This week is a slightly delayed entry but depending on my various clocks and watches I may have actually made a Thursday post. (I purposely set all of my clocks to different variants of future time to teach/prevent me from being late.... it doesn't work.)
Tonight was the Labyrinth (4 years in development opening) as ever it was great fun and reminds me how blessed we are to have a hub that unites image-makers in social context. Hanging out at the lab has always been a way of meeting like-minded folk and sharing tales. My father is a photographer so I was lucky enough to grow up tipping the trays in the darkroom shed ladden with dense dev fumes. I recall frequently sitting on a stool watching Tom & Jerry on the TV covered with a red filter whilst my dad kept one eye on his watch. The magic of the image slowly appearing always amazed me and felt like a fun game. The romantic nostalgia I have towards the craft has never ceased and actually grows the more I learn.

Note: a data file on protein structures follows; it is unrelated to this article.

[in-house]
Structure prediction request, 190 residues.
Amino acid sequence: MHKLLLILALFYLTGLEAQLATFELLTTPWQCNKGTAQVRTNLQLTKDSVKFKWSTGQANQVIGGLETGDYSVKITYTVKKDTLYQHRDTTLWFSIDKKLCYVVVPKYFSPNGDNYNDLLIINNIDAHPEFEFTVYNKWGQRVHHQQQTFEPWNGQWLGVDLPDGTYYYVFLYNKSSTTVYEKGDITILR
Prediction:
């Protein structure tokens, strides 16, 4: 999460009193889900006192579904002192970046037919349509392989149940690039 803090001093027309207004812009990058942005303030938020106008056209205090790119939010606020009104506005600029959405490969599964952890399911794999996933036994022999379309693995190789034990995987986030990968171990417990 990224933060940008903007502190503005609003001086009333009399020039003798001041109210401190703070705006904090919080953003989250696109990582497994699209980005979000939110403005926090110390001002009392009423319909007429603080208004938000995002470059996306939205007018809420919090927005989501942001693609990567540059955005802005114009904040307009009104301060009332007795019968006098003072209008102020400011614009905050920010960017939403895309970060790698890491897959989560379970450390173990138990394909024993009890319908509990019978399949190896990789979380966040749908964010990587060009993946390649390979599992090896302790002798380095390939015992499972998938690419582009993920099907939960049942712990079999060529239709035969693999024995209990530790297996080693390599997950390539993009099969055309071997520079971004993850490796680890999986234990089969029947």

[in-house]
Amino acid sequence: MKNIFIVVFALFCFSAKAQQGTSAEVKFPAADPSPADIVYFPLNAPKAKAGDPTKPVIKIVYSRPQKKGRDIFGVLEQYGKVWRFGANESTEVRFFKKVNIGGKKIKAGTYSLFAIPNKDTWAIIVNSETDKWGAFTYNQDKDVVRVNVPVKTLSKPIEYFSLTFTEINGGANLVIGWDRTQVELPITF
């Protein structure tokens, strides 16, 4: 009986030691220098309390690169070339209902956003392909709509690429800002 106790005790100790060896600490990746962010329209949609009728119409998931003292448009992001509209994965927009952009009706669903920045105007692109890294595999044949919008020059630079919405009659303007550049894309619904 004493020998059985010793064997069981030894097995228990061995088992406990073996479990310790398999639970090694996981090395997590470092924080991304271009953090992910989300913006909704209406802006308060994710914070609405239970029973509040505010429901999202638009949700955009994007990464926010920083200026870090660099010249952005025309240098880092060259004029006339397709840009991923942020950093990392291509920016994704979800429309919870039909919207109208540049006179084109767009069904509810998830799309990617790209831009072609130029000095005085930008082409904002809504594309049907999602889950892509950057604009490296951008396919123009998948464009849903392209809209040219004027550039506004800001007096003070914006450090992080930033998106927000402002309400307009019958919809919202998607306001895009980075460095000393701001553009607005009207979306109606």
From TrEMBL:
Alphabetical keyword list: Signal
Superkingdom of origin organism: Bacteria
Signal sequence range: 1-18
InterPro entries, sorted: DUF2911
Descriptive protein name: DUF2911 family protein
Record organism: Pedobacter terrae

These images are a process I am still playing with. Using Polaroid is such a different way of seeing and I treated them as sketchbook diary entries during my trip. They were an instant way of recording the day’s adventures without putting too much emphasis on the visions I had of how I wanted /want to rewrite the folk tale. They are simply a record of my encounters and there to tie together my thoughts and experiences as I untangle how I want the project to progress.
These two images are from different days. The second is from a museum in a small village in Maramures. It is tradition for families to place a red pot on the top branch of a tree or doorframe when there is a single women looking to wed living at the residence. Like a peacock flashing it's feathers this indicates for any prospective bachelors to take note. This museum's tree takes the tradition to an extreme.
Do check out the great show at Labyrinth,http://www.labyrinthphotographic.co.uk/a-year-in-development/ I highly recommend... as well as one of my favorite artists currently showing at Flowers London (Esther Teichmann - http://www.estherteichmann.com/) the book is well worth the pennies